Thanks to its oil content, peanut butter is effective at removing sticker residue. Just rub a small amount of peanut butter over the sticker, let it sit, and then wipe it off with a paper towel. Then clean the surface with warm, soapy water to remove any lingering oil.
6. Hair Dryer
Set a blow dryer to high heat, hold it an inch or two away from the surface, and then run it over the sticker for about 45 seconds. Test the edge of the adhesive to see if it is loose enough to come up. If not, continue heating for another minute and try again. Wipe or scrape away the residue, and then follow up with warm, soapy water.
7. Nail Polish Remover
The primary ingredient in nail polish remover is acetone, a powerful solvent that can dissolve adhesives, including super glue. Put some nail polish remover on a clean, dry cloth or a cotton ball, and rub it onto the sticker. Wait a few minutes, rub off the residue with a clean cloth, and wash the area with warm, soapy water.
While acetone works fine on glass and most metals, do not use it on painted surfaces, and test it in an inconspicuous place before using it on plastic. For a gentler option, try non-acetone nail polish remover.
Apply WD-40 directly to the sticker and then wait 10 minutes. Rub with a clean, dry cloth to remove the residue, and then wash with warm, soapy water.
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9. Commercial Adhesive Removers
Goo Gone, Goof Off and similar products quickly remove residue left by labels, stickers, duct tape, and other persistent adhesives. Always read the instructions carefully and be aware that these products can damage certain surfaces, including rubber, drywall, unfinished wood, and unsealed stone.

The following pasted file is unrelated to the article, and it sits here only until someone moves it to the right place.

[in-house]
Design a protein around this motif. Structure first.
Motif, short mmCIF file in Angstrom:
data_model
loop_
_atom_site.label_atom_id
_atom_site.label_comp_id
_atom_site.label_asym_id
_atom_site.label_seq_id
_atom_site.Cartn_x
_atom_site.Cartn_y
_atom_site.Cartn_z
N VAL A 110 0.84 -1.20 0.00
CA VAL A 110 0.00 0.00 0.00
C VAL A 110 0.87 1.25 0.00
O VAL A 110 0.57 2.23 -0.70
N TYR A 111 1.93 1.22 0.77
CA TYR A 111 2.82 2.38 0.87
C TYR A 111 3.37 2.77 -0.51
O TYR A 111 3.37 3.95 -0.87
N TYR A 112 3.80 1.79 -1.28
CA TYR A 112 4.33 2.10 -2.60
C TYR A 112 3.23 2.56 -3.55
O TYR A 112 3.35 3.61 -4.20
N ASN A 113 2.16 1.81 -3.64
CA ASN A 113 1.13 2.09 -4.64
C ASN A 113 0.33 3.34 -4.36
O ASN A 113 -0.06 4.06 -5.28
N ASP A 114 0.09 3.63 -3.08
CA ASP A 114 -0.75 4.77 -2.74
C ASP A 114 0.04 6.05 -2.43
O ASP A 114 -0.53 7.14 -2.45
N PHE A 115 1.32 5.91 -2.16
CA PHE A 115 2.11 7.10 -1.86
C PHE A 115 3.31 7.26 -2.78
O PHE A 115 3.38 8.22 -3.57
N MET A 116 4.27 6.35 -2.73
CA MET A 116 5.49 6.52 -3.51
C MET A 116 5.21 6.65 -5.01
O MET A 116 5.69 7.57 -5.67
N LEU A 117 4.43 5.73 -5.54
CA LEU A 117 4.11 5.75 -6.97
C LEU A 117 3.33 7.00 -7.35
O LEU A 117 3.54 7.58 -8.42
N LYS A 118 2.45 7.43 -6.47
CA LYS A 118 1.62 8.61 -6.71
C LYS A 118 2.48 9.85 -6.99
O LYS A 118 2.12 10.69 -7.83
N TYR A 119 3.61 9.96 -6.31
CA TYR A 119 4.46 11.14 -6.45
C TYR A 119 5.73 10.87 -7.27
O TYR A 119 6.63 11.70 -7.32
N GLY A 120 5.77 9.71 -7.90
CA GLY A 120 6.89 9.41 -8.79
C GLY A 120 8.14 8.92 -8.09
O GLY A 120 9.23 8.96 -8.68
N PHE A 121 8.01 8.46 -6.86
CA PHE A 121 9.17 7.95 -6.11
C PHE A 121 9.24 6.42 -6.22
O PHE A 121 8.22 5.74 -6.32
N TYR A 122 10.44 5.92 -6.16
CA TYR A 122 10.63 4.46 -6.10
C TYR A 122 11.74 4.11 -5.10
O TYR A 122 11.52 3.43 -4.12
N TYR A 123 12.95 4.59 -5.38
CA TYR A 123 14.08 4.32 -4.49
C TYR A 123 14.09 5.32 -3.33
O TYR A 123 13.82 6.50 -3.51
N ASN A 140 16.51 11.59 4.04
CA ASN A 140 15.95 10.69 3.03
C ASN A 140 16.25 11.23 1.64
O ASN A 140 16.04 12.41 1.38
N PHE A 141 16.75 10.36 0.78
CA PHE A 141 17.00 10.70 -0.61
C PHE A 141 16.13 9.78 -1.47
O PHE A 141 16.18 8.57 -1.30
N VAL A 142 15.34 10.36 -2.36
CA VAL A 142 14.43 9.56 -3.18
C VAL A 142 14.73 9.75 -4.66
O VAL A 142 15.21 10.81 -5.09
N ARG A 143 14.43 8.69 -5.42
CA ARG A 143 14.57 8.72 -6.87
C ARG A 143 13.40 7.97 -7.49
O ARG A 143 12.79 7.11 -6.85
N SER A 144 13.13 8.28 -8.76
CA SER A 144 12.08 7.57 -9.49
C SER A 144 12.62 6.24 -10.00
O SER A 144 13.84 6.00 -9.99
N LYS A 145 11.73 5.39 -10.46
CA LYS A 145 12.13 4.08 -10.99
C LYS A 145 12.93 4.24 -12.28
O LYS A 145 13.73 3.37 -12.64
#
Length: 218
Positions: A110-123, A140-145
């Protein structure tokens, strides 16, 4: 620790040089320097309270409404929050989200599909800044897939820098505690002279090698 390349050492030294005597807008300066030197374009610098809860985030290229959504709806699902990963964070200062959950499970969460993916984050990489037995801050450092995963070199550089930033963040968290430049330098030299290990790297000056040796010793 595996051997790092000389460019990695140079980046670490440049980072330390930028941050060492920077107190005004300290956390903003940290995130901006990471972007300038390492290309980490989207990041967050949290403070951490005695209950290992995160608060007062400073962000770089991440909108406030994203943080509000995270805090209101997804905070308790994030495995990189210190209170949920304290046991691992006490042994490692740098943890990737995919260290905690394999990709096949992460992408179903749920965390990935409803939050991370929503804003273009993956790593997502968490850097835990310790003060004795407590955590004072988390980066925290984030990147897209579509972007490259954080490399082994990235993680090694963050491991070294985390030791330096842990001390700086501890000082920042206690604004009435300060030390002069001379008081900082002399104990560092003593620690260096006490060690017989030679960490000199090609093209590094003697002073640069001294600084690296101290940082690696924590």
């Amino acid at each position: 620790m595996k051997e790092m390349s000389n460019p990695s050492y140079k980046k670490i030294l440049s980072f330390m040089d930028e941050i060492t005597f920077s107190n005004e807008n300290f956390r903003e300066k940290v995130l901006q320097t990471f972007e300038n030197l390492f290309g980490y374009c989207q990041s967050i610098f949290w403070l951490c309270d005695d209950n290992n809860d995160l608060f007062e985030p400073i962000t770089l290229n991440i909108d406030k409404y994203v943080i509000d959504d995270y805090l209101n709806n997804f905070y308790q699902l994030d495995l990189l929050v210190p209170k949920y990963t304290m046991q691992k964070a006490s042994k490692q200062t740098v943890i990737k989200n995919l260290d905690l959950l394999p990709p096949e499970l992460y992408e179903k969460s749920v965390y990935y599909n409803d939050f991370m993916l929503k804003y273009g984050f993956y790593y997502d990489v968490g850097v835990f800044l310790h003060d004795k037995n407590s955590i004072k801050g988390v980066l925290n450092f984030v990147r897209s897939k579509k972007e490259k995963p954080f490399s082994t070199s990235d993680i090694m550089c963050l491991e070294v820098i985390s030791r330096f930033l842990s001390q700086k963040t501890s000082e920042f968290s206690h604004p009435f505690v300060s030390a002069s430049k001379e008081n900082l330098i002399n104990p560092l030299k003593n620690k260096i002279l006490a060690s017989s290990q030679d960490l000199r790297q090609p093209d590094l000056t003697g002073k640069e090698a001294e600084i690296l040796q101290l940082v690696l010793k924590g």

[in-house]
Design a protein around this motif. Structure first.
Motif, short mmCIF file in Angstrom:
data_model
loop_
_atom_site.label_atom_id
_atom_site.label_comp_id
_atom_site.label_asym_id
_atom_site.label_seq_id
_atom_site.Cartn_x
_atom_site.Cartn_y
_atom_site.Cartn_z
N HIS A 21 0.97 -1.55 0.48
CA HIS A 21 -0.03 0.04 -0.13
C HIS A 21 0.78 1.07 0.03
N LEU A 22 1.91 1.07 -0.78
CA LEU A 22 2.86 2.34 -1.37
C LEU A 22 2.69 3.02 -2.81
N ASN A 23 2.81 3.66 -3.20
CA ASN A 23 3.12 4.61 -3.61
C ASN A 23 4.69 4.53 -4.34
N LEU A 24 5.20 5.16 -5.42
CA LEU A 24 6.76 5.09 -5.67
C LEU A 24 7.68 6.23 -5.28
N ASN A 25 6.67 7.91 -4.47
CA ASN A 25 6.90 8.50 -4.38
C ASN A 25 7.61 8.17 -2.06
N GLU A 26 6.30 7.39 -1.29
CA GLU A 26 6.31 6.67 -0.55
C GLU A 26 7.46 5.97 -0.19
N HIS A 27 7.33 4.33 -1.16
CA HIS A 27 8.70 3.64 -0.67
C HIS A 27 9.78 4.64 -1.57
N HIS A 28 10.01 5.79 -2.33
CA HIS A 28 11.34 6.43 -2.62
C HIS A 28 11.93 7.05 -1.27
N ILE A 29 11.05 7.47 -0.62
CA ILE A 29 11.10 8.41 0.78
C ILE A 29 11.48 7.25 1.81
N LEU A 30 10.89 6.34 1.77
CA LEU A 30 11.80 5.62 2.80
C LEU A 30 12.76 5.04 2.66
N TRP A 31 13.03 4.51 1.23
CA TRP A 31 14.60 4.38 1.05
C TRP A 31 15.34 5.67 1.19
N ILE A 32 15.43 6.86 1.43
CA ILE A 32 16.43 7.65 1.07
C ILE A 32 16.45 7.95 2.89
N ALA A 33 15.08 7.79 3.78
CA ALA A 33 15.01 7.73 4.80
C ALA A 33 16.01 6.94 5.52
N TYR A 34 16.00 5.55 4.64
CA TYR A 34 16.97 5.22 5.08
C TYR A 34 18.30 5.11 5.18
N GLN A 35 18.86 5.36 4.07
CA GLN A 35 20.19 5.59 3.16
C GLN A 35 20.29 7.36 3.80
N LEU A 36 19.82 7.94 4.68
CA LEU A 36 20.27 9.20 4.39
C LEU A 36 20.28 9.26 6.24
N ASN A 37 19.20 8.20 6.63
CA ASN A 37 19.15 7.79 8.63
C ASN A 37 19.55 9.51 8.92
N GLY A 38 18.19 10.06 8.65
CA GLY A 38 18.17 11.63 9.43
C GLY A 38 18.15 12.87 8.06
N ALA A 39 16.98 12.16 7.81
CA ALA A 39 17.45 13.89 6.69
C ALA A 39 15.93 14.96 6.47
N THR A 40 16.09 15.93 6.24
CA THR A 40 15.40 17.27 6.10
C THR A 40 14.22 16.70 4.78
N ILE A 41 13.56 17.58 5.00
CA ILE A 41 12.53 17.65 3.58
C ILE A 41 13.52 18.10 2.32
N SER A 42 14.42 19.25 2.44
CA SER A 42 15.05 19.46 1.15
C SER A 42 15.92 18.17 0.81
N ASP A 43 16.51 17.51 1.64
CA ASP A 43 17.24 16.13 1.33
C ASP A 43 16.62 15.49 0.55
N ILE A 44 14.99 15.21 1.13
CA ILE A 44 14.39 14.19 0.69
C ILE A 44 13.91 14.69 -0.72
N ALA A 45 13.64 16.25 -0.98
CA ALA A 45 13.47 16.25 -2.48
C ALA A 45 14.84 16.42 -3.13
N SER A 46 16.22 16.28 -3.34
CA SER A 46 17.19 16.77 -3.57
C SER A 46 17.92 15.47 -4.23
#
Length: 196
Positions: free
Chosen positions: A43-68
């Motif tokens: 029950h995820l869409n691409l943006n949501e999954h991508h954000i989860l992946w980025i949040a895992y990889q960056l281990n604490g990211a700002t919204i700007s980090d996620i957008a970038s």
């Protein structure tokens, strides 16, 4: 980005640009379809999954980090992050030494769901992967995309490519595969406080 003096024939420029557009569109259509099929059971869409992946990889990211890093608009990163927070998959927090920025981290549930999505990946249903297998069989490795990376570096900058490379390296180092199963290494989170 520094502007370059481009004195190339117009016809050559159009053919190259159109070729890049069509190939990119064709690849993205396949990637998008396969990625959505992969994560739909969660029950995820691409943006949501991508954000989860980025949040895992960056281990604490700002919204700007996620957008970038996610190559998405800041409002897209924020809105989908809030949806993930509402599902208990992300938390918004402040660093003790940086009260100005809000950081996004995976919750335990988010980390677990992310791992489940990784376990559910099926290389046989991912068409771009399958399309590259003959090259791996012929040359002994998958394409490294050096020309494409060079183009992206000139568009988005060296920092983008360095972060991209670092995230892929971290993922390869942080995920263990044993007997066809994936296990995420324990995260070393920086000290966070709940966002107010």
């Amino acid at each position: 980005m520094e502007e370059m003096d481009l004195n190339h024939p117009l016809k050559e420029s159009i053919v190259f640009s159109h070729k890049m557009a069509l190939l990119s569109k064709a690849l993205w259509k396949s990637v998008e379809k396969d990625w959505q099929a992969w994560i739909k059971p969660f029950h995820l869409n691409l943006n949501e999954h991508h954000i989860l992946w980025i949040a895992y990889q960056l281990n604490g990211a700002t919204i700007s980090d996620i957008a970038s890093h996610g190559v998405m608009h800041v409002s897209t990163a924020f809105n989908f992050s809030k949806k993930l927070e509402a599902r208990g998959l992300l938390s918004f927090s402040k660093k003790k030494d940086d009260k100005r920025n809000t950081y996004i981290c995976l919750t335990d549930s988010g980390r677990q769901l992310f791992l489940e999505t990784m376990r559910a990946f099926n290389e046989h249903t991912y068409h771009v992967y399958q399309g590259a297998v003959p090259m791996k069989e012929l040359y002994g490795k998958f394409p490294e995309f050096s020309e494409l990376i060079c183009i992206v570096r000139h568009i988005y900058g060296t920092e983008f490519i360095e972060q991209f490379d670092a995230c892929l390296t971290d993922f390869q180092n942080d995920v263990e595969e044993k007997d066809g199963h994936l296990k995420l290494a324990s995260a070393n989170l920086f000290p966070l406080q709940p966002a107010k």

How to Remove Sticker Residue From Clothes
Getting sticker residue off clothing presents special challenges and carries the risk of damaging or discoloring the fabric. The best strategy here is a good defense: Check your clothes for stickers and stains before you toss them in the wash. According to Daniel Fitzgerald, vice president of operations at Illinois-based CD One Price Cleaners, “Removing stickers first-off is your best bet. Once you run something through the washer and dryer, the heat can set the adhesive.”
If a sticker does make it through, try a few home remedies, starting with dish detergent, warm water, and elbow grease.
“Dish detergent has a degreasing element that will remove oil-soluble adhesives,” notes Fitzgerald. Some people recommend using vinegar or rubbing alcohol, but Fitzgerald warns that these can pull color from garments. This approach works for natural fabrics and synthetics. That said, you may want to take silks and wools as well as anything with a stubborn sticky stain to a professional.
Most stickers are fairly easy to remove, but if you’re stuck with frustratingly persistent residue, try a few of the methods listed above. Always start with the least chemical-intensive approach—it’s amazing what a little water, dish soap, and determination can do! And remember, especially if you’re using commercial adhesive removers or solvents like acetone, to thoroughly wash the once-sticky object before returning it to use.